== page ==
When we experience a major life change – getting married, having children, etc., often the first thing on our minds is not our will. However, it should be an important consideration if you want the final say of where your assets go once you die.
If you pass away and do not have a will, this is called dying “intestate.” In this case, any assets that you own that would normally pass through a will would be distributed according to your state’s intestate succession laws. This could include bank or investment accounts that are in your name only, your car, your house, anything that you own that does not have another owner or beneficiary designation.
Assets that you own that have named beneficiaries will pass directly to those beneficiaries (even if you don’t have a will)– 401(k)s, IRAs, life insurance, etc. It is best to check these designations every year for accuracy. If you listed your ex-husband as a beneficiary and never changed the designation after the divorce, he would still inherit your account. Also, any assets that you have transferred into a trust or where you have a Payable on Death (POD) or Transfer on Death (TOD) designation would be exempt from these intestacy rules.
So what happens to your assets that are affected by the intestacy laws?
If You Live in Kansas:
If you have a spouse and children – your spouse would inherit half of your intestate property and your children would inherit the other half. This is generally not how people desire their assets to transfer. They typically want the spouse to inherit and control the assets and then have them pass to the children when the second spouse dies.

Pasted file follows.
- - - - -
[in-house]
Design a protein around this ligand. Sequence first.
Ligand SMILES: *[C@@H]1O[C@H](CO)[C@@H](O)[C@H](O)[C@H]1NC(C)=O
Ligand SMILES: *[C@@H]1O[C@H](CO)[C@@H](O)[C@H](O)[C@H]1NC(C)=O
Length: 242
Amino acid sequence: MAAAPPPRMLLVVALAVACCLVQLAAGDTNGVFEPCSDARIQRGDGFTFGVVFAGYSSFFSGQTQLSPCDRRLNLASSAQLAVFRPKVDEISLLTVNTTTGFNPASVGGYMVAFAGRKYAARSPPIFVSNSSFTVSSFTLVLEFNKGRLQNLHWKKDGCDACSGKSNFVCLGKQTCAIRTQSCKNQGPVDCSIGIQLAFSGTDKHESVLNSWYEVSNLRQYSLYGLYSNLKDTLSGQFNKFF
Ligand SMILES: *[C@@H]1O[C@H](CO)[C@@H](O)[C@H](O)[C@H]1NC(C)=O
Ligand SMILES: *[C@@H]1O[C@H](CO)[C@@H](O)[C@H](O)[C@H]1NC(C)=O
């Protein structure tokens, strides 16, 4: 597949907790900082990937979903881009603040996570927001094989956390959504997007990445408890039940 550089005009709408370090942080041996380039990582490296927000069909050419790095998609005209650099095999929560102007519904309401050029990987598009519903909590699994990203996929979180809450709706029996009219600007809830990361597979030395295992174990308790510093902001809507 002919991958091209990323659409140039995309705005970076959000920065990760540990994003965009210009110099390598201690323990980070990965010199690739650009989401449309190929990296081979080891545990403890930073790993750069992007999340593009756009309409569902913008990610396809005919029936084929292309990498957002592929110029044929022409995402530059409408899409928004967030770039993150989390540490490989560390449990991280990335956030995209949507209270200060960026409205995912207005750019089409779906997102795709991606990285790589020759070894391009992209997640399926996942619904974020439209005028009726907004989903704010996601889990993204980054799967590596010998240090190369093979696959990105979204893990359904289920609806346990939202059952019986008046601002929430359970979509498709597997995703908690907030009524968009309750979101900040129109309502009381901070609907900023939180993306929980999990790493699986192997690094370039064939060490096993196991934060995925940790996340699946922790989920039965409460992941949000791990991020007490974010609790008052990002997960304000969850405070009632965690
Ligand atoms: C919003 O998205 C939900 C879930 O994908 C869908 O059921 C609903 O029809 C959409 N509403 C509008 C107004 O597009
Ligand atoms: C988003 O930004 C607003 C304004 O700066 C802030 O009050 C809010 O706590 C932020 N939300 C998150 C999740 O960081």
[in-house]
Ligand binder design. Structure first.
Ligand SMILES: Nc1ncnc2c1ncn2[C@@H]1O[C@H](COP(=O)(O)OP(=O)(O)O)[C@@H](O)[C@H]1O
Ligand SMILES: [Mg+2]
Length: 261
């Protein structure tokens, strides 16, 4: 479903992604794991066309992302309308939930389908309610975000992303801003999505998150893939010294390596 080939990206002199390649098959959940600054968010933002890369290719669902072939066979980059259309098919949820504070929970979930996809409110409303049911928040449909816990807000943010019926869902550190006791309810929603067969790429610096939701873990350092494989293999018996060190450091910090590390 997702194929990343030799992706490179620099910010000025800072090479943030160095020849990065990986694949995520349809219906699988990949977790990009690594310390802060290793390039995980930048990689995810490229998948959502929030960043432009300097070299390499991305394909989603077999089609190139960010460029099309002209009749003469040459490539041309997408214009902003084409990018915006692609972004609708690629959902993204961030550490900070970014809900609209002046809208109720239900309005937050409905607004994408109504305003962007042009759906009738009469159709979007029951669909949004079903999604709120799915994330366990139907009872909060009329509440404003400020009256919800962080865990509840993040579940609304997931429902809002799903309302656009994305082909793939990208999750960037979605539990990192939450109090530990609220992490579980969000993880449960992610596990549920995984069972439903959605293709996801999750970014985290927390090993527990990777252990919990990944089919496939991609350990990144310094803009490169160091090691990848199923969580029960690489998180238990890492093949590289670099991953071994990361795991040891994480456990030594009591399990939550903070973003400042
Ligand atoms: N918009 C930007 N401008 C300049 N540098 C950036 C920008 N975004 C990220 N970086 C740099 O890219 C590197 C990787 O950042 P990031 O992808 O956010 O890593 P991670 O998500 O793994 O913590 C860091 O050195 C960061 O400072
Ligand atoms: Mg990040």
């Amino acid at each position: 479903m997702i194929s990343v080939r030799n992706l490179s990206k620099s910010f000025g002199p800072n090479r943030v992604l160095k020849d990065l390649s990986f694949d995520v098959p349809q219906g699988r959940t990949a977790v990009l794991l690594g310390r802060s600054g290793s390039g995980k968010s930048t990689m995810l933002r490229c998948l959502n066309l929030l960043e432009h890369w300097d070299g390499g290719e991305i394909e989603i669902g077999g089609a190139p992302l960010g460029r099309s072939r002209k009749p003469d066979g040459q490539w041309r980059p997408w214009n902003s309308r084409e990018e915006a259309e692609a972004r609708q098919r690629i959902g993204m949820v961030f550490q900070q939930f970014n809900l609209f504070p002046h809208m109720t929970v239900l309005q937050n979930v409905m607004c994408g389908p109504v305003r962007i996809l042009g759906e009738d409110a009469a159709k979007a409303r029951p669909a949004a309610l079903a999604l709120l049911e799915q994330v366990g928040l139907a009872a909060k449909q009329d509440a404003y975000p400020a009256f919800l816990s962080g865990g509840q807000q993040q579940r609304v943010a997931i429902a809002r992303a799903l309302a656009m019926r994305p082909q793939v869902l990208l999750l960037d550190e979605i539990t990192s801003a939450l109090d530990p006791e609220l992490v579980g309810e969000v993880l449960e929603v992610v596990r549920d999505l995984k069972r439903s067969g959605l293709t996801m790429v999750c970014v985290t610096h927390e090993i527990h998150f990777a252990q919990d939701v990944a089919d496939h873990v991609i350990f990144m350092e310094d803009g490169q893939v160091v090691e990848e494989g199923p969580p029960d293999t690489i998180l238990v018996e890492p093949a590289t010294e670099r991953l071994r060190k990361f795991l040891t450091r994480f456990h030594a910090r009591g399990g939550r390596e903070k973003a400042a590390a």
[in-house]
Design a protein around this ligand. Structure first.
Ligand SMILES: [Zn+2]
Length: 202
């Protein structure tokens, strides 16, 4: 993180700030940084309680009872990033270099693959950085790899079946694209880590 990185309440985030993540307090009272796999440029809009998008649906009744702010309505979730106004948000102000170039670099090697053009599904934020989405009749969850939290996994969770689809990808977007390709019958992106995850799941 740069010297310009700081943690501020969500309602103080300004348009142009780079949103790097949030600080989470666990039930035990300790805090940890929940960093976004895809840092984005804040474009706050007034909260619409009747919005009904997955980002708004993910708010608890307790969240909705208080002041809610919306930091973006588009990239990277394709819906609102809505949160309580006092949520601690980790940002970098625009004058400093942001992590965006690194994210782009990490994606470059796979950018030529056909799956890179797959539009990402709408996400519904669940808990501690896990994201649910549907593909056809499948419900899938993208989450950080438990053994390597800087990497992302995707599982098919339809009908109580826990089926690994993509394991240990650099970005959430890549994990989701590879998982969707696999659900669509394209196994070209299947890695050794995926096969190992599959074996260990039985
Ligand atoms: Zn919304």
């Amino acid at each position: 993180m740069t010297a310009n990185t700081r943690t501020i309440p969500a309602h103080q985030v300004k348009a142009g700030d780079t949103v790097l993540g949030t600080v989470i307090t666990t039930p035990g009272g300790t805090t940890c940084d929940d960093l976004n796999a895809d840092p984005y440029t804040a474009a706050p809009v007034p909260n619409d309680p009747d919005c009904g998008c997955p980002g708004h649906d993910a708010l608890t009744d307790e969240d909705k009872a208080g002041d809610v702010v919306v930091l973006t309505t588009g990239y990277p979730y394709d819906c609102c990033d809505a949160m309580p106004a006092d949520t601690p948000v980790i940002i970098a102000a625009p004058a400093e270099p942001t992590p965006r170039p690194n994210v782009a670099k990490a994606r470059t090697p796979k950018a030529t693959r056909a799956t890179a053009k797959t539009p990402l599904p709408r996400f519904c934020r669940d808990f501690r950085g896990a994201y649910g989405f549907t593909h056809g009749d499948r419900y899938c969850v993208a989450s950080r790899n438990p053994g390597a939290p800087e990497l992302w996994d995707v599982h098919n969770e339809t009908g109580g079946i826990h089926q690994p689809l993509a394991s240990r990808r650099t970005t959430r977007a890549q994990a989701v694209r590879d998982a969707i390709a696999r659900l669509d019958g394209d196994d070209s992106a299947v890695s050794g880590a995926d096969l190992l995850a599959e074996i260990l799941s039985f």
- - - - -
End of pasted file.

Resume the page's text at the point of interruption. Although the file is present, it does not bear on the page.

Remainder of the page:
If you have children, but are not married – the kids get everything.
If you have a spouse and no kids – the spouse gets everything.
If your parents are living and you have no spouse or children – your parents get everything.
If you having living siblings, but no spouse, kids, or living parents – your siblings get everything.
If You Live in Missouri:
If you have a spouse and children (with that spouse): Spouse inherits the first $20,000 plus half of the remaining balance, your children inherit everything else.
If you have a spouse and children (with someone other than your current spouse): Spouse gets half, kids get half.
If you have children, but are not married – the children get everything.
If you have a spouse and no children – spouse gets everything.
If your parents and siblings are living, but you have no spouse or children – parent and siblings inherit everything in equal shares.
If your parents are living, but you have no spouse, children, or siblings – parents get everything.
If your siblings are living, but not your parents, no spouse or children – siblings get everything.
According to the American Bar Association, close to 60% of Americans currently die intestate. Most people believe that their property will automatically pass to their spouse, but under most intestacy laws, this is not the case. In some states, the spouse may only be entitled to as little as one-third of the estate. Don’t leave these important decisions up to the state; make sure you take care of your family by getting a will in place.
We are not your attorneys and no portion of this commentary should be interpreted by you as legal advice; we recommend that you seek the advice of a qualified attorney.
For more information, visit our website at www.makinglifecount.com or contact Jamie Bosse at 913-345-1881 or firstname.lastname@example.org.